New Delhi: The Supreme Court Thursday said that it would consider listing of pleas seeking review of its verdict in the Rafale fighter jet deal case.

The apex court on December 14 last year dismissed a clutch of PILs, including the one filed by former Union ministers Yashwant Sinha and Arun Shourie and lawyer Prashant Bhushan, saying there was “no occasion to doubt” the decision-making process of the Centre in the procurement of 36 Rafale jets from France.

A bench headed by Chief Justice Ranjan Gogoi said four applications or petitions have been filed in the Rafale matter and one of them is still lying with the registry on account of defect.

“The combination (of the judges) of bench will have to be changed. It is very difficult. We will do something for it,” the bench, also comprising Justices L N Rao and Sanjiv Khanna, said when Bhushan sought urgent listing of the petitions in the Rafale case.

Bhushan said that the review petition filed by AAP Rajya Sabha MP Sanjay Singh was defective and other petitions had no defects to be cured.

He also said that besides the review petition, an application seeking perjury prosecution against some central government employees for giving misleading information to the court has also been filed.

Besides Bhushan, Sinha and Shourie had moved the Supreme Court Monday seeking initiation of perjury proceedings against central government officials for allegedly giving “false or misleading” information in a sealed cover in the high-profile Rafale case.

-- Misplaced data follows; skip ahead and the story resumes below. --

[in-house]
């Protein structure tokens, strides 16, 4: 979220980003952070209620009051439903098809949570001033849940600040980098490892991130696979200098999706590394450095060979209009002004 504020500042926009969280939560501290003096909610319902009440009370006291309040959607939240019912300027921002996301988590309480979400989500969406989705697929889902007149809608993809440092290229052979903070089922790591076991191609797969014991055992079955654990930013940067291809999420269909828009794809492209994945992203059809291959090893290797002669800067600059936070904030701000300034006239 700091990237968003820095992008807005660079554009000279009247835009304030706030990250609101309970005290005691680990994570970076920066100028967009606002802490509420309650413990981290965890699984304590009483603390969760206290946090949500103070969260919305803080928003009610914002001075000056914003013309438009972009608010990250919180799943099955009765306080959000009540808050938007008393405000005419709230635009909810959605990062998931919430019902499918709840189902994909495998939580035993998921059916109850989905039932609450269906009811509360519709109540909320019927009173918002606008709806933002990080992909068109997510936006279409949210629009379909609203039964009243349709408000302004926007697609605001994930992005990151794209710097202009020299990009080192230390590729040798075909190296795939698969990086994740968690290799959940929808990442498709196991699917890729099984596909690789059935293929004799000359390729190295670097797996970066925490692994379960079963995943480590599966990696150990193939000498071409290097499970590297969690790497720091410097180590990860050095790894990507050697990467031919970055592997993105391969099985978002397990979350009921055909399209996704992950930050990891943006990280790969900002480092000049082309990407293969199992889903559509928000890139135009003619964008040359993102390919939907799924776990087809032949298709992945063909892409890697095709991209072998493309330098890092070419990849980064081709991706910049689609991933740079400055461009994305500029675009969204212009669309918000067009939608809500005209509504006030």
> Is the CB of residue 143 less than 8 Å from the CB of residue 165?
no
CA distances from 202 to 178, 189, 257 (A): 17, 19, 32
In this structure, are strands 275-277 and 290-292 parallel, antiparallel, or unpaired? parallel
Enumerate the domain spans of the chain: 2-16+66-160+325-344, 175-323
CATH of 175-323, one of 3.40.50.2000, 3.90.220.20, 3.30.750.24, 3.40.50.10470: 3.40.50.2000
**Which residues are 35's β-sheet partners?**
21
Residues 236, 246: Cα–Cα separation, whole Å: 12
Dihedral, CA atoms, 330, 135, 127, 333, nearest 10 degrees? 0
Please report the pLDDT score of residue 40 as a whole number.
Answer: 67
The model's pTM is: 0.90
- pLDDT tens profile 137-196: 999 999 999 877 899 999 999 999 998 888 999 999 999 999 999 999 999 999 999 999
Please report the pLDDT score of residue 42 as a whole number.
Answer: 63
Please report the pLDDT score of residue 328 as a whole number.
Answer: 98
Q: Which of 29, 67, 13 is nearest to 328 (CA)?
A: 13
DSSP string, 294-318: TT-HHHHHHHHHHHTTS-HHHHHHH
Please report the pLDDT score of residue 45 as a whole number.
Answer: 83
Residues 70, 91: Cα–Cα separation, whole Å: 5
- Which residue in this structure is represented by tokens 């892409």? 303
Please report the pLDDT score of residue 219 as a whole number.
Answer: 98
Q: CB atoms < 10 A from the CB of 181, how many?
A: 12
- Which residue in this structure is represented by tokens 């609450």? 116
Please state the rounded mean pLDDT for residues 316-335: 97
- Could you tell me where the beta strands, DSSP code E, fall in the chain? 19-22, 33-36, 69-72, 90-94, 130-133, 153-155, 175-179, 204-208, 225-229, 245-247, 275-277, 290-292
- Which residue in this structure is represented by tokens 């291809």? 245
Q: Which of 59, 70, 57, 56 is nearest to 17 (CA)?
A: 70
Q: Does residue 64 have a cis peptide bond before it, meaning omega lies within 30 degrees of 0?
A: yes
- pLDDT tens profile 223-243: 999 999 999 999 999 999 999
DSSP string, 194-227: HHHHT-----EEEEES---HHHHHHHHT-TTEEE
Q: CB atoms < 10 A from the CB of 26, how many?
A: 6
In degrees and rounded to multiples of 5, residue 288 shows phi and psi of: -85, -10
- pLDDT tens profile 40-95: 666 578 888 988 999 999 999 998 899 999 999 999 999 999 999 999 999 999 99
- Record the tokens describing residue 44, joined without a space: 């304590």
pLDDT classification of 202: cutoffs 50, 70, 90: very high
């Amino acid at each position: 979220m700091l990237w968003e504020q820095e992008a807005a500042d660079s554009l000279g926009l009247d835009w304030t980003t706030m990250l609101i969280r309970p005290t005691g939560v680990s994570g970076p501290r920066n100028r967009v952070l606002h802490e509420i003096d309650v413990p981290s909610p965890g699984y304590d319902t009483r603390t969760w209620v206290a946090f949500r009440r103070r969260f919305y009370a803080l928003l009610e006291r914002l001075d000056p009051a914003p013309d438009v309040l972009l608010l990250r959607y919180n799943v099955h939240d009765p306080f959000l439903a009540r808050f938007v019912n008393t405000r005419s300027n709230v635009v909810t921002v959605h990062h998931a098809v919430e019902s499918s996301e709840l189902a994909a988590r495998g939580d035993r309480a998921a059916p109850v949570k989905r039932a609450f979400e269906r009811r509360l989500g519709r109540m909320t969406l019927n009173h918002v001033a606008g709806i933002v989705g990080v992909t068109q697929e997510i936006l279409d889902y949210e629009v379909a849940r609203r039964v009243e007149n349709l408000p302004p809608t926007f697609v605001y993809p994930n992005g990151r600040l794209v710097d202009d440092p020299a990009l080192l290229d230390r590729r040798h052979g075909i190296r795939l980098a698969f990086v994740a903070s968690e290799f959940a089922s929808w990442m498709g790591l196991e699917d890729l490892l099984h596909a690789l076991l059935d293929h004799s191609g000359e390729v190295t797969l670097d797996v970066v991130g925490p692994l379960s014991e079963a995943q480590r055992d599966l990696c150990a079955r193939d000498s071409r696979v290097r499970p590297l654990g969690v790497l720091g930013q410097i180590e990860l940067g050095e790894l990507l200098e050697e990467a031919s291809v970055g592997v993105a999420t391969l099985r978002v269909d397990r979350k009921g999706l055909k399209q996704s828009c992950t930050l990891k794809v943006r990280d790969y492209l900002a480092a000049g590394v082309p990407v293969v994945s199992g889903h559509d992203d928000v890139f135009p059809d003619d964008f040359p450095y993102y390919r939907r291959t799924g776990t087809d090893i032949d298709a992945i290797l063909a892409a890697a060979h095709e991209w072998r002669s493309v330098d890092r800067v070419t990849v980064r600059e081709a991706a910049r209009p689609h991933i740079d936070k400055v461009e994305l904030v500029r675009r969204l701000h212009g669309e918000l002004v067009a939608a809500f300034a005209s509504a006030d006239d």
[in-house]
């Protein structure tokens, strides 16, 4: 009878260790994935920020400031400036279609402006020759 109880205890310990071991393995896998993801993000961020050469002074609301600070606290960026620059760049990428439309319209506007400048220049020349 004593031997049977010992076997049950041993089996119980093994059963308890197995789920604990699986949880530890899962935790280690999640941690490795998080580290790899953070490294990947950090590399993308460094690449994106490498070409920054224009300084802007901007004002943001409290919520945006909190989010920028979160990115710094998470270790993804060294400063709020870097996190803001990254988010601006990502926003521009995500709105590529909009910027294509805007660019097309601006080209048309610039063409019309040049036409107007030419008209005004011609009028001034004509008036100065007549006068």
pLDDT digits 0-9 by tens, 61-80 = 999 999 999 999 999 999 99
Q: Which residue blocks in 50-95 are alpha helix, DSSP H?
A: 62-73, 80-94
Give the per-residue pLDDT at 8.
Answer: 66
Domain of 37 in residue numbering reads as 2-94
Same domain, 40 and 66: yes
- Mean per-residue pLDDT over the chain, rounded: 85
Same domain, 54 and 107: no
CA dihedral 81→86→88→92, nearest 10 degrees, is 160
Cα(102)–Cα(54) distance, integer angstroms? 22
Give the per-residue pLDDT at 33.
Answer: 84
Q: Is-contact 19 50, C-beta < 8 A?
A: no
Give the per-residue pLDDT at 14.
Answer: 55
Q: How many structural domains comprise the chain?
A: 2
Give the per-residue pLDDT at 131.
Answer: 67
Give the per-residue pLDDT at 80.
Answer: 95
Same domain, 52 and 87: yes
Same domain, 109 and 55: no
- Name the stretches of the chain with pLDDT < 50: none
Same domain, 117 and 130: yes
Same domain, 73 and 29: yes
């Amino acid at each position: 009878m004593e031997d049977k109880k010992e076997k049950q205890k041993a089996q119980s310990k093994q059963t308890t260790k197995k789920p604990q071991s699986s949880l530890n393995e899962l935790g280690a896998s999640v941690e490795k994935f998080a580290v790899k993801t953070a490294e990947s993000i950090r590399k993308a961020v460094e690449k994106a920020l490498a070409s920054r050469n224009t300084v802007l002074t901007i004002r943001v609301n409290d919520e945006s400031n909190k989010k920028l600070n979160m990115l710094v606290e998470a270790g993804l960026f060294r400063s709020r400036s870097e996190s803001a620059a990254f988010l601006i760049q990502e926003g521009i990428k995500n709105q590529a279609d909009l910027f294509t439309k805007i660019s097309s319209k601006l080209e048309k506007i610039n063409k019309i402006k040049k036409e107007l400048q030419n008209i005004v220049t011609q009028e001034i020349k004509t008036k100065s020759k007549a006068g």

According to news agency PTI, the plea said that the government’s act of stating ‘untruth’ to the court in a sealed cover on ‘pricing’ and its subsequent ‘scandalous’ plea for modification have lowered the ‘sanctity of judicial proceedings.’

In December last year, dismissing a clutch of PILs, including the one filed by Sinha, Shourie and Bhushan, the Supreme Court had said that there was no occasion to “really doubt the decision-making process” warranting setting aside of the defence contract for purchase of 36 Rafale fighter jets.

In its judgment, the court made a reference to a CAG report on the aircraft deal. It said the CAG report was examined by the Public Accounts Committee of Parliament.

The government presented the CAG report in the Parliament during the recently-concluded Budget Session, which said that the fighter jet deal inked by the current NDA government with France was 2.86 per cent cheaper than the one finalised by the erstwhile UPA dispensation in 2007.

The verdict by the apex court that it found no reason to intervene on what it called the “sensitive issue” of purchase of 36 jets from France came as a political victory for the BJP and Prime Minister Narendra Modi just days after the defeat of the party in three Hindi-heartland states–Madhya Pradesh, Rajasthan and Chattisgarh– in the Assembly polls at the hands of the Congress.

PM Modi had come in for a relentless attack from Congress President Rahul Gandhi who alleged corruption in procurement of the fighter jets for the IAF from French aerospace major Dassault Aviation, calling it a scam which allegedly benefitted industrialist Anil Ambani.

Holding it did not find any substantial material on record to show there was “commercial favouritism” to any party by the Indian Government in choosing an offset partner, a bench headed by Chief Justice Ranjan Gogoi said perception of individuals cannot be the basis of a “fishing and roving enquiry” by the court and it cannot “sit in judgement” over the wisdom of the decision to go in for purchase of 36 aircraft in place of 126.